Wondering about the origin of the baguette?
Think of iconic French food and many people immediately imagine a baguette. A standard baguette is about 5 or 6 cm across. It is usually around 65 cm long, although a baguette can be up to a metre in length.
There are many theories as to how it came into being. And very little historically documented information to prove any of it! Here are some theories.
The word itself was not used to refer to bread until around 1920. But what is now known as a “baguette” may have existed well before that.
Many think the bread was developed in Vienna in the middle of the 19th century, a descendant of the pain viennois. However, this claim may be based on a misunderstanding. Today’s pain viennois is long and baguette-like. However, when first introduced into France, it was basically a Kaiser roll. Others claim it was based on an existing Viennese bread.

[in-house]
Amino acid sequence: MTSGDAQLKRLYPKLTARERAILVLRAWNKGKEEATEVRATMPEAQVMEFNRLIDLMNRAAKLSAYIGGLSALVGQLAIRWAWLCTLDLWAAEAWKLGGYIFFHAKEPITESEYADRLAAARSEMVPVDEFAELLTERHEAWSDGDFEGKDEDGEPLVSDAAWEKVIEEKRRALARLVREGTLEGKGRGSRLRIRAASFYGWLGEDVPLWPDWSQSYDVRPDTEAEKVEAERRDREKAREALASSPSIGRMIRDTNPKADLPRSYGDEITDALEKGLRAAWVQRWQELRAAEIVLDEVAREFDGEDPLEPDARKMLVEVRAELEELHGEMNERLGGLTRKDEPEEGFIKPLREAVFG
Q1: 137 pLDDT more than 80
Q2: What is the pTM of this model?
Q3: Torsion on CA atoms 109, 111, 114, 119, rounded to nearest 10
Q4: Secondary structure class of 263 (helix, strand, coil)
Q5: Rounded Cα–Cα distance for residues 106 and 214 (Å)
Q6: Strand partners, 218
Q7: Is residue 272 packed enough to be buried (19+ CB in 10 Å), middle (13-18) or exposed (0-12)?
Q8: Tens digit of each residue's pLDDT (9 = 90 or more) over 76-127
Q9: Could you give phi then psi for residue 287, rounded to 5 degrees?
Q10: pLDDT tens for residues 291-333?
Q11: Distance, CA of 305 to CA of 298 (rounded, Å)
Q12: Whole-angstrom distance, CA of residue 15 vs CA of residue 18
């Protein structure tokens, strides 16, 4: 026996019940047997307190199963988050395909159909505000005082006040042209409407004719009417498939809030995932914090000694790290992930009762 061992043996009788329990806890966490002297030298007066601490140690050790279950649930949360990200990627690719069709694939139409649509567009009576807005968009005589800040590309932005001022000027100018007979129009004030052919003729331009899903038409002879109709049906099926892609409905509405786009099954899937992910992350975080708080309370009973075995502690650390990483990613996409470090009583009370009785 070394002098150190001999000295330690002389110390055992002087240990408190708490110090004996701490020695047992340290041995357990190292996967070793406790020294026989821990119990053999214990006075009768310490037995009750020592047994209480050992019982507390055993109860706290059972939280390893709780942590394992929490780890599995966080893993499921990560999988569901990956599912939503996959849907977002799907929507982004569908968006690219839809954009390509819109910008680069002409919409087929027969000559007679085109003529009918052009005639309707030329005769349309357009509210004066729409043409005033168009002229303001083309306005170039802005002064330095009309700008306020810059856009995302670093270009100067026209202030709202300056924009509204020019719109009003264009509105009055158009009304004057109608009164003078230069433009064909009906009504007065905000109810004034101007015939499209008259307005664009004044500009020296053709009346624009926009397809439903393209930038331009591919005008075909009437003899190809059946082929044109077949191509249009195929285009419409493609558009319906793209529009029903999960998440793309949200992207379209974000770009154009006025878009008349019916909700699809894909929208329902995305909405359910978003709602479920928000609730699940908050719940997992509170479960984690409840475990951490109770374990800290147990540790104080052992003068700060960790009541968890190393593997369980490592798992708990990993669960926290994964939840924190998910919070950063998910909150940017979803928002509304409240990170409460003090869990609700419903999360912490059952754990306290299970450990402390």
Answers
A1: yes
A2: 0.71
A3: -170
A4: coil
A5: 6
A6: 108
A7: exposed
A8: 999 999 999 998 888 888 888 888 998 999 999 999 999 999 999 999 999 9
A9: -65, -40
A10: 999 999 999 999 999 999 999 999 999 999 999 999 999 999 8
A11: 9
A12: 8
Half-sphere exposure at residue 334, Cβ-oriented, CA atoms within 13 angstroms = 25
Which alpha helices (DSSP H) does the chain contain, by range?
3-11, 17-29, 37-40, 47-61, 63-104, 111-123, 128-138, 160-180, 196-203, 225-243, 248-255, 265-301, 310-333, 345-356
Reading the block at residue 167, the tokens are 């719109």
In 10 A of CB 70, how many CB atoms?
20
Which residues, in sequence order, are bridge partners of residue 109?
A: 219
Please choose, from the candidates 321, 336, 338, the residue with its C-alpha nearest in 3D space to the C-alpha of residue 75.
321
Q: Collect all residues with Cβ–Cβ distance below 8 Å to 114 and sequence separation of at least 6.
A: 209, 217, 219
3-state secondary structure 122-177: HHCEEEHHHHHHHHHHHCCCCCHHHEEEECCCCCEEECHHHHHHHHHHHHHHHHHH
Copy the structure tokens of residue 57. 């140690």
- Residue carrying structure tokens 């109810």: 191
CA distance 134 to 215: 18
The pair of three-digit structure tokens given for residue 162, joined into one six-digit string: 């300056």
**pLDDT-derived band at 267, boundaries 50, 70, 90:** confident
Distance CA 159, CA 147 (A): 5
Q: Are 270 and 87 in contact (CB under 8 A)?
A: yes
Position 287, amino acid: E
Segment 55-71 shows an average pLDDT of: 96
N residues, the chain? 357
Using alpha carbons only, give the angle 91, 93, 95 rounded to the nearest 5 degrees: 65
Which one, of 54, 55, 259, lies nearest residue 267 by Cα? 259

In the early nineteenth century, steam ovens were introduced. The first steam oven was brought to Paris by an Austrian officer who also introduced the pain viennois and the croissant. Some French sources also credit him with originating the baguette. The steam generated by the oven allowed the crust to expand before setting, which created a lighter, more airy loaf. It also melted the dextrose on the bread’s surface, giving a slightly glazed effect.
Then in 1920 a law was passed preventing bakers from working between 10pm and 4am. This made it impossible to make the traditional larger bread loaf in time for customers’ breakfasts. The longer, thinner baguette solved the problem because it could be prepared and baked more rapidly. And some say, that’s how the baguette was born.
Which theory of the origin of the baguette do you like best?